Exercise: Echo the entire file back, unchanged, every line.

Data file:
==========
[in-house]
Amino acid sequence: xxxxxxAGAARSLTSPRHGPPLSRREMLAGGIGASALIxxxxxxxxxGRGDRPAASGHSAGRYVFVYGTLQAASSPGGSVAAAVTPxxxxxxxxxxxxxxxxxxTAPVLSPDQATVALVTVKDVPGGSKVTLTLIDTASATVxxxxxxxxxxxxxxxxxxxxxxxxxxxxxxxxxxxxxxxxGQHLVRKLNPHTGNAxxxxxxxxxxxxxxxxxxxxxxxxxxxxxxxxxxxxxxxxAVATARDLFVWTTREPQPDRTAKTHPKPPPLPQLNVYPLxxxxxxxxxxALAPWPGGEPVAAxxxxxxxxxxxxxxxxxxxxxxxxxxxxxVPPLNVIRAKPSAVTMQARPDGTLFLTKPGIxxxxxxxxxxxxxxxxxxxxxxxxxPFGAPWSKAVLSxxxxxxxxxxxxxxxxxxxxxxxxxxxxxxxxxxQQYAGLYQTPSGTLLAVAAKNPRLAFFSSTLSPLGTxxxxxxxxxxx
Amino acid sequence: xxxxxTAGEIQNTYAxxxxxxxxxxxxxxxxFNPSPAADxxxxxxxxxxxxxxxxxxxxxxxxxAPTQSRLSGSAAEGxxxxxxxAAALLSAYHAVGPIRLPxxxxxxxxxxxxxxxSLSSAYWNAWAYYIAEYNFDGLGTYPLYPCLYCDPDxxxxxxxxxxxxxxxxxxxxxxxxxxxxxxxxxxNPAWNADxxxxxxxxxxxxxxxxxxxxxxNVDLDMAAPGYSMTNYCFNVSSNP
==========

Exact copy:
[in-house]
Amino acid sequence: xxxxxxAGAARSLTSPRHGPPLSRREMLAGGIGASALIxxxxxxxxxGRGDRPAASGHSAGRYVFVYGTLQAASSPGGSVAAAVTPxxxxxxxxxxxxxxxxxxTAPVLSPDQATVALVTVKDVPGGSKVTLTLIDTASATVxxxxxxxxxxxxxxxxxxxxxxxxxxxxxxxxxxxxxxxxGQHLVRKLNPHTGNAxxxxxxxxxxxxxxxxxxxxxxxxxxxxxxxxxxxxxxxxAVATARDLFVWTTREPQPDRTAKTHPKPPPLPQLNVYPLxxxxxxxxxxALAPWPGGEPVAAxxxxxxxxxxxxxxxxxxxxxxxxxxxxxVPPLNVIRAKPSAVTMQARPDGTLFLTKPGIxxxxxxxxxxxxxxxxxxxxxxxxxPFGAPWSKAVLSxxxxxxxxxxxxxxxxxxxxxxxxxxxxxxxxxxQQYAGLYQTPSGTLLAVAAKNPRLAFFSSTLSPLGTxxxxxxxxxxx
Amino acid sequence: xxxxxTAGEIQNTYAxxxxxxxxxxxxxxxxFNPSPAADxxxxxxxxxxxxxxxxxxxxxxxxxAPTQSRLSGSAAEGxxxxxxxAAALLSAYHAVGPIRLPxxxxxxxxxxxxxxxSLSSAYWNAWAYYIAEYNFDGLGTYPLYPCLYCDPDxxxxxxxxxxxxxxxxxxxxxxxxxxxxxxxxxxNPAWNADxxxxxxxxxxxxxxxxxxxxxxNVDLDMAAPGYSMTNYCFNVSSNP